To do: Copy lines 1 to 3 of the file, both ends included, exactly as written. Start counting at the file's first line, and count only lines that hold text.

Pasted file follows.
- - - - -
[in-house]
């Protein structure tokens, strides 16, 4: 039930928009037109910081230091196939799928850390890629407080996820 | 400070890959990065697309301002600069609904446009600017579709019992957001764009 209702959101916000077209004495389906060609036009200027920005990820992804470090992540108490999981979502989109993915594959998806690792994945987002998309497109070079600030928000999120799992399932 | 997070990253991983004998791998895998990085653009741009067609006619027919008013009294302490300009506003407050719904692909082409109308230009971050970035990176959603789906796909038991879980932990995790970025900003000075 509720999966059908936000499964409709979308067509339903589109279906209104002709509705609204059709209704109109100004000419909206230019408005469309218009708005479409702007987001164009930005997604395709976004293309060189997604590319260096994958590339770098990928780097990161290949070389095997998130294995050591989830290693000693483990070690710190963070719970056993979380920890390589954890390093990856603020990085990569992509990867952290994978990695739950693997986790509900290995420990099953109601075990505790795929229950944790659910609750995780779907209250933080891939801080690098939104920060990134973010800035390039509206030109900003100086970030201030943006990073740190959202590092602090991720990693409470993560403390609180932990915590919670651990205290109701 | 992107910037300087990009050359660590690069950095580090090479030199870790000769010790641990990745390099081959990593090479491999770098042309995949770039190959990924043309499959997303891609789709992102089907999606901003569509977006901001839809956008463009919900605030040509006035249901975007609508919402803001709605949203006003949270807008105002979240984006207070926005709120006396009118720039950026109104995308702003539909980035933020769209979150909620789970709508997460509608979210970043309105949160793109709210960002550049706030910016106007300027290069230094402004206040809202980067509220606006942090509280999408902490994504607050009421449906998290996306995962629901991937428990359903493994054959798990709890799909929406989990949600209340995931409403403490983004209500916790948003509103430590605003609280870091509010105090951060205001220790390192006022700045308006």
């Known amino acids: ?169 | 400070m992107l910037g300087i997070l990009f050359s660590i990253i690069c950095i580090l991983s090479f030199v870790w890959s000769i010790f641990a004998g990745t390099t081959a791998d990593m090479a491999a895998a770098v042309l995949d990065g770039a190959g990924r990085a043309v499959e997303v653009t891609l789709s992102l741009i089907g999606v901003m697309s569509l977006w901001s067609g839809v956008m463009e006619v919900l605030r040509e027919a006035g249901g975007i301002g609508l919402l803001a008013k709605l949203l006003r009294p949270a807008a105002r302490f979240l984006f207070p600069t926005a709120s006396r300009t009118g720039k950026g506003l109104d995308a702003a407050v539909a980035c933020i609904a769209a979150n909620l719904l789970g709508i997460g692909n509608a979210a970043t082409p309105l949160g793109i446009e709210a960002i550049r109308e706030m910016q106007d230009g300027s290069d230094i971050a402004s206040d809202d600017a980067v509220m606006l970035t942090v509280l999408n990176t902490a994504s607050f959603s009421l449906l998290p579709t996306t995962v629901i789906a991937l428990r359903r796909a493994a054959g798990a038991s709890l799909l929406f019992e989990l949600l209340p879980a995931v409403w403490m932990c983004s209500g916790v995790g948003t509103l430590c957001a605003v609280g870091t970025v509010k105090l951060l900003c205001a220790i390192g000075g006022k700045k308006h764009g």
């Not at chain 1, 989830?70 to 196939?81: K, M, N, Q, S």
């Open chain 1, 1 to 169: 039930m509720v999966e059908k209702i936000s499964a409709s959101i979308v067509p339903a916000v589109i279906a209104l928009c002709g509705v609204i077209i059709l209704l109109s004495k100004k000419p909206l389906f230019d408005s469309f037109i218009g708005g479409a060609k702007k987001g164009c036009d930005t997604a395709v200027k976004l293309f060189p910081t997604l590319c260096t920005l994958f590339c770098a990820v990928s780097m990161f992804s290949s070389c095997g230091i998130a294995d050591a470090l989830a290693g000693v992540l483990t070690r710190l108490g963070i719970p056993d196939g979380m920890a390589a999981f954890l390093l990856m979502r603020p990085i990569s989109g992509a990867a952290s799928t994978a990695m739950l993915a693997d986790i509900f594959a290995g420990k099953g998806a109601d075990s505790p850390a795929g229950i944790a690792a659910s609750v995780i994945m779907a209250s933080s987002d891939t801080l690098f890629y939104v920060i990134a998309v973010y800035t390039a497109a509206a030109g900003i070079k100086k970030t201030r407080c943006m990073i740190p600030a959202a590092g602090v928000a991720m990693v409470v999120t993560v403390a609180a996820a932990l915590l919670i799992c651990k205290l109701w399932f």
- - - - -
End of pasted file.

[in-house]
């Protein structure tokens, strides 16, 4: 039930928009037109910081230091196939799928850390890629407080996820 | 400070890959990065697309301002600069609904446009600017579709019992957001764009 209702959101916000077209004495389906060609036009200027920005990820992804470090992540108490999981979502989109993915594959998806690792994945987002998309497109070079600030928000999120799992399932 | 997070990253991983004998791998895998990085653009741009067609006619027919008013009294302490300009506003407050719904692909082409109308230009971050970035990176959603789906796909038991879980932990995790970025900003000075 509720999966059908936000499964409709979308067509339903589109279906209104002709509705609204059709209704109109100004000419909206230019408005469309218009708005479409702007987001164009930005997604395709976004293309060189997604590319260096994958590339770098990928780097990161290949070389095997998130294995050591989830290693000693483990070690710190963070719970056993979380920890390589954890390093990856603020990085990569992509990867952290994978990695739950693997986790509900290995420990099953109601075990505790795929229950944790659910609750995780779907209250933080891939801080690098939104920060990134973010800035390039509206030109900003100086970030201030943006990073740190959202590092602090991720990693409470993560403390609180932990915590919670651990205290109701 | 992107910037300087990009050359660590690069950095580090090479030199870790000769010790641990990745390099081959990593090479491999770098042309995949770039190959990924043309499959997303891609789709992102089907999606901003569509977006901001839809956008463009919900605030040509006035249901975007609508919402803001709605949203006003949270807008105002979240984006207070926005709120006396009118720039950026109104995308702003539909980035933020769209979150909620789970709508997460509608979210970043309105949160793109709210960002550049706030910016106007300027290069230094402004206040809202980067509220606006942090509280999408902490994504607050009421449906998290996306995962629901991937428990359903493994054959798990709890799909929406989990949600209340995931409403403490983004209500916790948003509103430590605003609280870091509010105090951060205001220790390192006022700045308006």
């Known amino acids: ?169 | 400070m992107l910037g300087i997070l990009f050359s660590i990253i690069c950095i580090l991983s090479f030199v870790w890959s000769i010790f641990a004998g990745t390099t081959a791998d990593m090479a491999a895998a770098v042309l995949d990065g770039a190959g990924r990085a043309v499959e997303v653009t891609l789709s992102l741009i089907g999606v901003m697309s569509l977006w901001s067609g839809v956008m463009e006619v919900l605030r040509e027919a006035g249901g975007i301002g609508l919402l803001a008013k709605l949203l006003r009294p949270a807008a105002r302490f979240l984006f207070p600069t926005a709120s006396r300009t009118g720039k950026g506003l109104d995308a702003a407050v539909a980035c933020i609904a769209a979150n909620l719904l789970g709508i997460g692909n509608a979210a970043t082409p309105l949160g793109i446009e709210a960002i550049r109308e706030m910016q106007d230009g300027s290069d230094i971050a402004s206040d809202d600017a980067v509220m606006l970035t942090v509280l999408n990176t902490a994504s607050f959603s009421l449906l998290p579709t996306t995962v629901i789906a991937l428990r359903r796909a493994a054959g798990a038991s709890l799909l929406f019992e989990l949600l209340p879980a995931v409403w403490m932990c983004s209500g916790v995790g948003t509103l430590c957001a605003v609280g870091t970025v509010k105090l951060l900003c205001a220790i390192g000075g006022k700045k308006h764009g």